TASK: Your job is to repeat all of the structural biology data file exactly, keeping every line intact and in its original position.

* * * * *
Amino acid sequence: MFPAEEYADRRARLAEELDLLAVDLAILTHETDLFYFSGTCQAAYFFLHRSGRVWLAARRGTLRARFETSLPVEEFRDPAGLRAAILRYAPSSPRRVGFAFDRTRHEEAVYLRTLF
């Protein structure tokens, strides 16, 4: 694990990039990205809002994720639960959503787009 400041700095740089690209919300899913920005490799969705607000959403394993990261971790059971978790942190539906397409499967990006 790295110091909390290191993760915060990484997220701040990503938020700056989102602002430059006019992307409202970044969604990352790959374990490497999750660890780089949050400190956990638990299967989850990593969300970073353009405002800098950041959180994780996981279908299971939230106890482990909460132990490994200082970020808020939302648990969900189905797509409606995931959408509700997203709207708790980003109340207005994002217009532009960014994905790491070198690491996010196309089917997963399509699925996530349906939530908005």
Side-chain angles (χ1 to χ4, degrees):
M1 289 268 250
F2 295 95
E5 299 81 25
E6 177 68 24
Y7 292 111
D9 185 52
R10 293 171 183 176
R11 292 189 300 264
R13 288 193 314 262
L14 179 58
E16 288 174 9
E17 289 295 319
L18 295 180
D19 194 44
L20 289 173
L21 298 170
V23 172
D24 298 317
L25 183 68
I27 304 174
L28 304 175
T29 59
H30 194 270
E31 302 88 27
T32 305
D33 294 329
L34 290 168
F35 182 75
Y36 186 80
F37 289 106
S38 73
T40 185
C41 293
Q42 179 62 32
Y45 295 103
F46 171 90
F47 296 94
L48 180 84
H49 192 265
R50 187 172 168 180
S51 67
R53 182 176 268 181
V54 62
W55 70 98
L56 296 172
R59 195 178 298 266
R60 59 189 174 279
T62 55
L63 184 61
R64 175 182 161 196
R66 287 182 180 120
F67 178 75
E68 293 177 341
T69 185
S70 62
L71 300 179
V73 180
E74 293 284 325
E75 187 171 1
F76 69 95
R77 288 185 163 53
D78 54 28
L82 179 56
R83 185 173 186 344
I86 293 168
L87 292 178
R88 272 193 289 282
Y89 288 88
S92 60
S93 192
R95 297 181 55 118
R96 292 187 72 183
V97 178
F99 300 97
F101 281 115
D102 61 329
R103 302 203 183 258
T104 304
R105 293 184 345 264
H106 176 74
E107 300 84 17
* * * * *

Amino acid sequence: MFPAEEYADRRARLAEELDLLAVDLAILTHETDLFYFSGTCQAAYFFLHRSGRVWLAARRGTLRARFETSLPVEEFRDPAGLRAAILRYAPSSPRRVGFAFDRTRHEEAVYLRTLF
């Protein structure tokens, strides 16, 4: 694990990039990205809002994720639960959503787009 400041700095740089690209919300899913920005490799969705607000959403394993990261971790059971978790942190539906397409499967990006 790295110091909390290191993760915060990484997220701040990503938020700056989102602002430059006019992307409202970044969604990352790959374990490497999750660890780089949050400190956990638990299967989850990593969300970073353009405002800098950041959180994780996981279908299971939230106890482990909460132990490994200082970020808020939302648990969900189905797509409606995931959408509700997203709207708790980003109340207005994002217009532009960014994905790491070198690491996010196309089917997963399509699925996530349906939530908005």
Side-chain angles (χ1 to χ4, degrees):
M1 289 268 250
F2 295 95
E5 299 81 25
E6 177 68 24
Y7 292 111
D9 185 52
R10 293 171 183 176
R11 292 189 300 264
R13 288 193 314 262
L14 179 58
E16 288 174 9
E17 289 295 319
L18 295 180
D19 194 44
L20 289 173
L21 298 170
V23 172
D24 298 317
L25 183 68
I27 304 174
L28 304 175
T29 59
H30 194 270
E31 302 88 27
T32 305
D33 294 329
L34 290 168
F35 182 75
Y36 186 80
F37 289 106
S38 73
T40 185
C41 293
Q42 179 62 32
Y45 295 103
F46 171 90
F47 296 94
L48 180 84
H49 192 265
R50 187 172 168 180
S51 67
R53 182 176 268 181
V54 62
W55 70 98
L56 296 172
R59 195 178 298 266
R60 59 189 174 279
T62 55
L63 184 61
R64 175 182 161 196
R66 287 182 180 120
F67 178 75
E68 293 177 341
T69 185
S70 62
L71 300 179
V73 180
E74 293 284 325
E75 187 171 1
F76 69 95
R77 288 185 163 53
D78 54 28
L82 179 56
R83 185 173 186 344
I86 293 168
L87 292 178
R88 272 193 289 282
Y89 288 88
S92 60
S93 192
R95 297 181 55 118
R96 292 187 72 183
V97 178
F99 300 97
F101 281 115
D102 61 329
R103 302 203 183 258
T104 304
R105 293 184 345 264
H106 176 74
E107 300 84 17